This movie portrays three women living in today's Algeria between modern society and Islamic fundamentalism, self-determination and dependence. Goucem, a young woman who works for a ... See full summary »
The solitary Daniel and Sonia share an uneasy love/hate relationship. Daniel's life is disrupted by the appearance of a stranger that proceeds to insinuate himself in his life. The man's ... See full summary »
Anna has just left Paul who, annihilated by the separation, moves back with his father in Paris. His younger brother Jonathan, a casual student, still lives in his father's apartment and ... See full summary »
South of France. In the sultry August heat, Geronimo, a young social educator, tries to ease tensions between the youngsters of the St Pierre neighborhood. The mood changes when Nil Terzi, ... See full summary »
EXILES is a Tony Gatlif fantasy, complete with lots of music and dance, of what it might be like for a young French couple of Algerian roots, to hitch their way from France back to Algeria (for most, these days, it's the other way 'round). The two seem not to have much or any money, but then they do, but then they don't. They occasionally work to pay their way (with a rather laissez-faire attitude, I must say), screw (not always with each other), and have beaucoup psychological problems. For a couple who carries no baggage, there is way too much emotional baggage here. That's usually the mark of a young filmmaker, but as Mr. Gatlif is nearing 60, I guess we'll have to chalk it up to something else.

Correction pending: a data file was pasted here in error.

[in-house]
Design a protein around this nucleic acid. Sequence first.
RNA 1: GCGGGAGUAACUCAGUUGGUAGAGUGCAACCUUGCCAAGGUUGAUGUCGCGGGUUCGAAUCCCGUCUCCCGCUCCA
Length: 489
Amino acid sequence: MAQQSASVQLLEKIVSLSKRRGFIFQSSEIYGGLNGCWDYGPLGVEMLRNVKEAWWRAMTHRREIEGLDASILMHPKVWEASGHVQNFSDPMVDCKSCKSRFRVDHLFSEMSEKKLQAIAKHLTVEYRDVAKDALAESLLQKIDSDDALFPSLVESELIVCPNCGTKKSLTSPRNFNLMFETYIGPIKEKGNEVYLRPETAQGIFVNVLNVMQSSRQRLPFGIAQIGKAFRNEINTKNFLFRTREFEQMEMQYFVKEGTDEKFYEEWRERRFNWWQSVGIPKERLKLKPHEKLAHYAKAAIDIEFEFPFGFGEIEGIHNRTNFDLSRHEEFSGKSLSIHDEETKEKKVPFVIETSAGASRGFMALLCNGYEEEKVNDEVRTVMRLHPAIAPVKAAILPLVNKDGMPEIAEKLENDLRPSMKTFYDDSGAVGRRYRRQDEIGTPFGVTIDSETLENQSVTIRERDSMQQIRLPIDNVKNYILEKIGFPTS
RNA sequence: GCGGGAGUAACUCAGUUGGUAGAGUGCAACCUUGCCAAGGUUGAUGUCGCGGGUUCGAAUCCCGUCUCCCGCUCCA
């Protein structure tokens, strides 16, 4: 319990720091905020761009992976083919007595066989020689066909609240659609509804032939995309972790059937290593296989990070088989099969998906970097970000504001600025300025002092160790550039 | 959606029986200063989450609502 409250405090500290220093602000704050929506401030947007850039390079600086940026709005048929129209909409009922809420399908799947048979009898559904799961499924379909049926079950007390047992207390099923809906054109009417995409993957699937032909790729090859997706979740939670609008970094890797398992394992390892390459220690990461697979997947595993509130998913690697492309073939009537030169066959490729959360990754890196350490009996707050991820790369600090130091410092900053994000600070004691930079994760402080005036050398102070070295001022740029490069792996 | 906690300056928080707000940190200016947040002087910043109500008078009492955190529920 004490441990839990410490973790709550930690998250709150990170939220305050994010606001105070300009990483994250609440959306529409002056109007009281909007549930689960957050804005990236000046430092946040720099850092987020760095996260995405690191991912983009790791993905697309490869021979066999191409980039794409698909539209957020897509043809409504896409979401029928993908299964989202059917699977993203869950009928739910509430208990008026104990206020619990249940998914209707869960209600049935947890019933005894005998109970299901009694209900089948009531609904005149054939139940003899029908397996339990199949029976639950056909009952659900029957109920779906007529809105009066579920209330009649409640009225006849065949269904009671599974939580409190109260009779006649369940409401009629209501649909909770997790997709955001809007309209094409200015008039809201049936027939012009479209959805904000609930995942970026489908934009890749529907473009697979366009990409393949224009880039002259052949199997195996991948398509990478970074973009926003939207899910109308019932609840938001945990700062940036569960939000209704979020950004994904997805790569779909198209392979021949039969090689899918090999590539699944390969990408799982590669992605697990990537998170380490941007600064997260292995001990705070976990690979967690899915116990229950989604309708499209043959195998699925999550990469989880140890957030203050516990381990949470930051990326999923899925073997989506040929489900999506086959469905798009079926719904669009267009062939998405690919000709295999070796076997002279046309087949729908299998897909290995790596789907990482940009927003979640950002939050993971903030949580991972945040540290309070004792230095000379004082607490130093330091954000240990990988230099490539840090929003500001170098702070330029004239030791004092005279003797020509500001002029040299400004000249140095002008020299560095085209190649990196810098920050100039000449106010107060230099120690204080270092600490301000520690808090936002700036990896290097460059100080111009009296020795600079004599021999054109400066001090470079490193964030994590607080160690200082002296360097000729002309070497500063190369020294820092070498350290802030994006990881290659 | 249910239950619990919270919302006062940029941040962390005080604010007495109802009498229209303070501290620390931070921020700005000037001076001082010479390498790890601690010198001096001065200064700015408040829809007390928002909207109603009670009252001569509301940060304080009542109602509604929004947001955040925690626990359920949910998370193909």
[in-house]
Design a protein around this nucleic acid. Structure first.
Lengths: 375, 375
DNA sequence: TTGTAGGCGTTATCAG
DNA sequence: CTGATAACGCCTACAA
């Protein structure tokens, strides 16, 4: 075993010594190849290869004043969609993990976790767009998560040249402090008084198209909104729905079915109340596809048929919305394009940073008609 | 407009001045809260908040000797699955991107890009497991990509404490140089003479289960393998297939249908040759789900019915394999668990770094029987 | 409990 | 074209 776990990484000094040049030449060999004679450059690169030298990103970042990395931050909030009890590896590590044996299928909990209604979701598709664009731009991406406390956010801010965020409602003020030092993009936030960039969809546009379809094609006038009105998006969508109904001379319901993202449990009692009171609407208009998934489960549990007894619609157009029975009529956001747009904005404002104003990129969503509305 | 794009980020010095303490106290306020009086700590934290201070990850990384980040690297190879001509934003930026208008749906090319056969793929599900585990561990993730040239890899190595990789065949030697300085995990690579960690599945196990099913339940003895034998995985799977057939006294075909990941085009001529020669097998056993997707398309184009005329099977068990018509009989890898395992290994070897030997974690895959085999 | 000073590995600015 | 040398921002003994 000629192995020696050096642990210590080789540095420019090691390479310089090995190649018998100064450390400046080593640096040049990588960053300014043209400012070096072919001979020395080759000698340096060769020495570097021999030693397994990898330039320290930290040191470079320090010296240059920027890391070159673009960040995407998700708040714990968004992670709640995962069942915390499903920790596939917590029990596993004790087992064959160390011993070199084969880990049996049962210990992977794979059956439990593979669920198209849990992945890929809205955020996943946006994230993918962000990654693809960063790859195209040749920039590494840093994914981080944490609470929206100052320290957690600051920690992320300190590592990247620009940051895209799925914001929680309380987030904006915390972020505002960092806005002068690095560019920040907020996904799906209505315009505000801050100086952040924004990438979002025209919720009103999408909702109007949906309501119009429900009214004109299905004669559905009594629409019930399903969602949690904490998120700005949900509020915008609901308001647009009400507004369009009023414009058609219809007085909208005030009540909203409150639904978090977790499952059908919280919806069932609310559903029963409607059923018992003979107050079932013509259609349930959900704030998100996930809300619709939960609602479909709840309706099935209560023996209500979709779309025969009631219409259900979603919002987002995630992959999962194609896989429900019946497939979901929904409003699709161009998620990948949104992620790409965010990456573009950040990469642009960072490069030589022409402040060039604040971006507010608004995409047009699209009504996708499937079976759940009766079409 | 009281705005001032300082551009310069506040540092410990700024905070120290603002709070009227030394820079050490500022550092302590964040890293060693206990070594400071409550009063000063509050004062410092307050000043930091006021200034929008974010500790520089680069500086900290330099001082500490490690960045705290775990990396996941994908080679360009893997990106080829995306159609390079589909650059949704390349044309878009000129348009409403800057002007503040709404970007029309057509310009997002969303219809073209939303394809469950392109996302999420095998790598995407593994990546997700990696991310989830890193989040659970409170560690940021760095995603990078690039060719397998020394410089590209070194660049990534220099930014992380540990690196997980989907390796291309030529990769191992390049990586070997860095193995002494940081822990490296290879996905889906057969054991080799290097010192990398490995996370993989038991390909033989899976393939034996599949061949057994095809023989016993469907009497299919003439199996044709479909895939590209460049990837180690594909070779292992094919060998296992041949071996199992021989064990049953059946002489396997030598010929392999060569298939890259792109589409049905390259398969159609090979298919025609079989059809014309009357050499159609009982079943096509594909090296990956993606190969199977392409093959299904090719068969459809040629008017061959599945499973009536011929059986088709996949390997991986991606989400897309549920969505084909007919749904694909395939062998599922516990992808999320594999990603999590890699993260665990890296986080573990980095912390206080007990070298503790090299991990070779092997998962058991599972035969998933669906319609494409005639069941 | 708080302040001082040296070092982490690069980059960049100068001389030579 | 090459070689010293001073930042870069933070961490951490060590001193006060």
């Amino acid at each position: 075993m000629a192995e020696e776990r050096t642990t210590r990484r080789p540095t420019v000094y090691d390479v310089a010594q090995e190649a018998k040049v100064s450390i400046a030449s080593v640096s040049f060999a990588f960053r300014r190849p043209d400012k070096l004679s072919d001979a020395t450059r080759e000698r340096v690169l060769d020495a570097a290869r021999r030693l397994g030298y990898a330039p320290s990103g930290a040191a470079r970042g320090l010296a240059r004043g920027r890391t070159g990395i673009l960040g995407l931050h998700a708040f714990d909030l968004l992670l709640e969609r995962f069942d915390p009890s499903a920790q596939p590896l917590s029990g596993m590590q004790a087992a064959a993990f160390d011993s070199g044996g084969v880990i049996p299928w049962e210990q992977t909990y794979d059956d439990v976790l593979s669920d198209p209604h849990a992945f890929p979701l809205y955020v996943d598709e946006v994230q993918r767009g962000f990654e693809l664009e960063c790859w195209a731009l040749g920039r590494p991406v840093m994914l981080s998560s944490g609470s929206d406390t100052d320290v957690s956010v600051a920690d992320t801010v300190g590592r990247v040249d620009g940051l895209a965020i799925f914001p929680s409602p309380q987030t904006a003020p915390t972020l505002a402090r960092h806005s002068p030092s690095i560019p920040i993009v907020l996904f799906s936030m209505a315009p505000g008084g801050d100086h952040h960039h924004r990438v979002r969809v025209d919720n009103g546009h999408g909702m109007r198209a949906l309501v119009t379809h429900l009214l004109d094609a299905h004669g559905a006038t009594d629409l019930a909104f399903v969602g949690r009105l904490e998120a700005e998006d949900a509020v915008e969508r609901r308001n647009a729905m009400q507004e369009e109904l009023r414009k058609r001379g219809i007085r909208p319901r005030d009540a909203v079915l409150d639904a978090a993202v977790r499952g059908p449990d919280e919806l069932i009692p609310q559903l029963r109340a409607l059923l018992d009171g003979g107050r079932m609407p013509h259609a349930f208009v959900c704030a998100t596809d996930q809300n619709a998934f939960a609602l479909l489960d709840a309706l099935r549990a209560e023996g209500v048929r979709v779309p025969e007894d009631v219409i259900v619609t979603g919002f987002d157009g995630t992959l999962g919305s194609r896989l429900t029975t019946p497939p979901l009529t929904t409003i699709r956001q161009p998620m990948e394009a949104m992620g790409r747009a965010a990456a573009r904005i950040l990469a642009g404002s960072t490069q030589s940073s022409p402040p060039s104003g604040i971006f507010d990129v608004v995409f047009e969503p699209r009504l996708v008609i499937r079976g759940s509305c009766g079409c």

I call his film a fantasy because, try as I did to believe these characters and their situation, I couldn't. Or, if they ARE believable, then they are also sometimes simply too stupid to be endured: the couple sneaks aboard a ship without knowing where it's going; they haven't bothered to bone up on Algeria enough to know that certain of its borders have been closed for several years; worst of all, they have no clue that women in Muslim/Arab countries are expected to cover themselves (the year here is 2004, well past 9/11/01, and these are Frenchies, for Christ's sake: If they are not used to Algerians, who the hell IS?). On the plus side we have a lot of color, music and dance, nice cinematography (dig that succulent orange near the finale) and the gorgeous Romain Duris (most recently of "Russian Dolls" and "The Beat My Heart Skipped"). Mr. Duris, hirsute and slender, appears fully nude, front and back, in a rather lengthy shot at the film's beginning; this may be more than enough to induce some viewers to stick around. Did I mention that the film deals in fantasy?
8 of 15 people found this review helpful.
Was this review helpful to you?